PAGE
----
Ethiopian Airlines plane Crash: Boeing grounds all 737 Max jets
Muyela Roberto|March. 14, 2019
- The manufacturer, however, still maintains that the aircraft is safe
- Ethiopia was the first country to ground the 737 Max fleet followed by China
- Several other airlines in Europe and US have also grounded the jet and thus piling pressure on Boeing to act
- It is the second time the Boeing 737 max is involved in tragic crash shortly after take off
- The fleet number is still new in market and it is the fastest selling brand running on very sophisticated technology
- Questions have emerged on how such a new plane with advanced technological advancements can crash and kill everyone
Airplane manufacturer Boeing has grounded operations of all its 737 Max aircrafts.
The manufacturer directed that all airlines flying the 737 Max fleet to temporarily suspend the plane's operations until it directed otherwise.
This comes four days after the Ethiopian Airlines plane crash that claimed lives of all 157 people who were on board .
"After consultation with the U.S. Federal Aviation Administration (FAA), the U.S. National Transportation Safety Board (NTSB), and aviation authorities and its customers around the world, Boeing has determined - out of an abundance of caution and in order to reassure the flying public of the aircraft’s safety - to recommend to the FAA the temporary suspension of operations of the entire global fleet of 371 737 MAX aircraft.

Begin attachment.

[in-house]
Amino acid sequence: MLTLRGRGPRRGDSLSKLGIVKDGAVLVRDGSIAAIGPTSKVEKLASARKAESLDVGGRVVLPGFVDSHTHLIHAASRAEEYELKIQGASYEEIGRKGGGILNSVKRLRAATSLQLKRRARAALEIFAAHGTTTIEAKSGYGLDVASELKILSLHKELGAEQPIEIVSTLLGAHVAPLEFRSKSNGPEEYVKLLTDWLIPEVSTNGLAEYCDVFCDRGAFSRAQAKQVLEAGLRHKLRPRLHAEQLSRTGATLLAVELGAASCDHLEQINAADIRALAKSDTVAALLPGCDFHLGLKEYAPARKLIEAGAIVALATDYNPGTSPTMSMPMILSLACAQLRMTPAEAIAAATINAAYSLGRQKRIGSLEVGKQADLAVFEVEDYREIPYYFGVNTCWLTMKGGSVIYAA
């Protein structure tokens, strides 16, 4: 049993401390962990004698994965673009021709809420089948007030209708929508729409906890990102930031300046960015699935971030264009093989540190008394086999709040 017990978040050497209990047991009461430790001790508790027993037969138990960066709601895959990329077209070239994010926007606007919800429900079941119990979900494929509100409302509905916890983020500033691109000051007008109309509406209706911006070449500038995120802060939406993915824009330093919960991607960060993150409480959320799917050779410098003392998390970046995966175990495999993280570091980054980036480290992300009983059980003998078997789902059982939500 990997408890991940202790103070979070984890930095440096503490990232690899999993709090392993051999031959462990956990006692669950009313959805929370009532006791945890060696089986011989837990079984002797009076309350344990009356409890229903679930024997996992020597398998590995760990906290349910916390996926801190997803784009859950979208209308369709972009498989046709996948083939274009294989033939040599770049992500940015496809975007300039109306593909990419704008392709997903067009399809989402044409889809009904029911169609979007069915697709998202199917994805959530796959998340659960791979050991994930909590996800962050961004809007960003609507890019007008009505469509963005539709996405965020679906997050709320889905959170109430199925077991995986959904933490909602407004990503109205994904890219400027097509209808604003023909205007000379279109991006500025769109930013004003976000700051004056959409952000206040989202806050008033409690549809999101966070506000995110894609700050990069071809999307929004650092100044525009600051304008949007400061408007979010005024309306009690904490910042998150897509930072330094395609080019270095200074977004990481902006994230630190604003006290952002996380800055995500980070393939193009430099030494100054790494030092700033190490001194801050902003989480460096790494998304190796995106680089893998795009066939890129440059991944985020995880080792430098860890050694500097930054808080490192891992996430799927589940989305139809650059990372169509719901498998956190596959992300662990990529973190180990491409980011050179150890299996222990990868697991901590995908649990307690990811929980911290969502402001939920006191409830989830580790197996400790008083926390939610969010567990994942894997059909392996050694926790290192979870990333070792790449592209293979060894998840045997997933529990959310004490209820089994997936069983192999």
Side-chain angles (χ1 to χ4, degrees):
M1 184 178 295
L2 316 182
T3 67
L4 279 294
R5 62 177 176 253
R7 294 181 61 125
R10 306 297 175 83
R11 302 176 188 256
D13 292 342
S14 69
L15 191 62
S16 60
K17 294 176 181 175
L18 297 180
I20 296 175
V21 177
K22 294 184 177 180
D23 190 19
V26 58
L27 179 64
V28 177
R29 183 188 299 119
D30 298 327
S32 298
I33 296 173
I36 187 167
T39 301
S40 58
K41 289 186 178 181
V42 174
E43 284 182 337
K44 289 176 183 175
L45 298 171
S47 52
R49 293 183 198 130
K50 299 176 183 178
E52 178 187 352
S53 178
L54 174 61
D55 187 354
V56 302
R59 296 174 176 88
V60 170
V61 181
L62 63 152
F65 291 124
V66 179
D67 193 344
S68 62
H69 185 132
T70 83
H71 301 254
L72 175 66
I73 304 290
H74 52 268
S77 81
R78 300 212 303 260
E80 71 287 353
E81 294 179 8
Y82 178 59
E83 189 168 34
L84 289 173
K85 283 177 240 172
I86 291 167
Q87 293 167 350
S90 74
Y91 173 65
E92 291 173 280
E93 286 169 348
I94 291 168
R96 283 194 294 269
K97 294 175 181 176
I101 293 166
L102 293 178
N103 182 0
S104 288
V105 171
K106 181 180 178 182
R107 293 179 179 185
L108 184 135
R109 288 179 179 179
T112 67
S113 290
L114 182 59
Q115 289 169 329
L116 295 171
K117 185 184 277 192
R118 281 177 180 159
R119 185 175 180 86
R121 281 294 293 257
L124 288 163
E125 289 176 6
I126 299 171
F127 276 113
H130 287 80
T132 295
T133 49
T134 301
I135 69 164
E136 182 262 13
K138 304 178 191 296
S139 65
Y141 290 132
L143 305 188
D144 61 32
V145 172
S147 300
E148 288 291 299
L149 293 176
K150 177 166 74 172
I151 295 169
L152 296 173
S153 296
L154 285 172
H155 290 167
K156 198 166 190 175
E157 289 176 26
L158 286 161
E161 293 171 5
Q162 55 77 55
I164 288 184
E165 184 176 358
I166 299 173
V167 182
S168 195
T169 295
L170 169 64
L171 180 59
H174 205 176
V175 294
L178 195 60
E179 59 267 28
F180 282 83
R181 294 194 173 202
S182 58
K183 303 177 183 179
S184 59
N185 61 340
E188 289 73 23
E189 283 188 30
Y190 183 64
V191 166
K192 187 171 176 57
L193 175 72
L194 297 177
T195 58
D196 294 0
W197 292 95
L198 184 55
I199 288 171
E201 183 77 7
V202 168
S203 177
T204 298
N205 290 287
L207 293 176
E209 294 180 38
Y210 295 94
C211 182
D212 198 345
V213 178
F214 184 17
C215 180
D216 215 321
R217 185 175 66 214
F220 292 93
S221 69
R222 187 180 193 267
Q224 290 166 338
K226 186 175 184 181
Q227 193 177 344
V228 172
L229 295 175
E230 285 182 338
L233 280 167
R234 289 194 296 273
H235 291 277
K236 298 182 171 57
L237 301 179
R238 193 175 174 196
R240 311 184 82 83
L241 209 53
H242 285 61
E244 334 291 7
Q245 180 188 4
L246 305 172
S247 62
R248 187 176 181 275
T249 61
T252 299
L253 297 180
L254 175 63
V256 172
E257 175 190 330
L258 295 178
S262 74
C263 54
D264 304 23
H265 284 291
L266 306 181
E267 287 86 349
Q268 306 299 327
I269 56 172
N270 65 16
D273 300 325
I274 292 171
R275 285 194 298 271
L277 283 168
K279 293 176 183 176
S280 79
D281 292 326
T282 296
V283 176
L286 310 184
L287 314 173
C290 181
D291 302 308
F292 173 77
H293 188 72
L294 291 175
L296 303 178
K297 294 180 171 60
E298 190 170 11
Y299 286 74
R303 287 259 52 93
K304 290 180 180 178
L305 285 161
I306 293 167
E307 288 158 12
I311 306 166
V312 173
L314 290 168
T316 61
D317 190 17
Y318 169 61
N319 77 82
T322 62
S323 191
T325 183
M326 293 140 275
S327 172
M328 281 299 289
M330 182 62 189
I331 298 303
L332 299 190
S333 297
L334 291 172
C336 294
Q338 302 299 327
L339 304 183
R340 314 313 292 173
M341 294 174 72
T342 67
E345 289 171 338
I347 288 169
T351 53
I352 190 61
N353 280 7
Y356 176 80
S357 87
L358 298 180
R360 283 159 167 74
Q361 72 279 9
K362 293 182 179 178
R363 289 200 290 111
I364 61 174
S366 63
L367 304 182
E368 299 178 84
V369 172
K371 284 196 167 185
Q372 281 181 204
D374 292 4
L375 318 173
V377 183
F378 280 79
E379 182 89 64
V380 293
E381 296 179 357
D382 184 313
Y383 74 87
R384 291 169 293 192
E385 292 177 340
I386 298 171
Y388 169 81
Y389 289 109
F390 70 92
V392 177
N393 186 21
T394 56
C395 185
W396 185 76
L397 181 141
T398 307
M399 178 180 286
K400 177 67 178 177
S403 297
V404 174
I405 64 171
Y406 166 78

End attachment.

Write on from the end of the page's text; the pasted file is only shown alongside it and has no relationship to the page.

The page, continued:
“On behalf of the entire Boeing team, we extend our deepest sympathies to the families and loved ones of those who have lost their lives in these two tragic accidents,” said Dennis Muilenburg, president, CEO, Chairman of The Boeing Company.
The decision by Boeing comes shortly after several other airlines stopped flying the fleet number in question.
Most of them said it was a precautionary measure since it was the second time the 737 Max was involved in a tragic accident claiming all lives.
The first accident involved a Lions Air plane that crashed in October 2018 shortly after it took off from Jakarta in Indonesia.
The plane crashed in the Java Sea while the ill fated Ethiopian plane was only airborne for six minutes before it came down at Bishoftu
“We are supporting this proactive step out of an abundance of caution. Safety is a core value at Boeing for as long as we have been building airplanes; and it always will be. There is no greater priority for our company and our industry. We are doing everything we can to understand the cause of the accidents in partnership with the investigators, deploy safety enhancements and help ensure this does not happen again," Muilenburg wrote in a statement.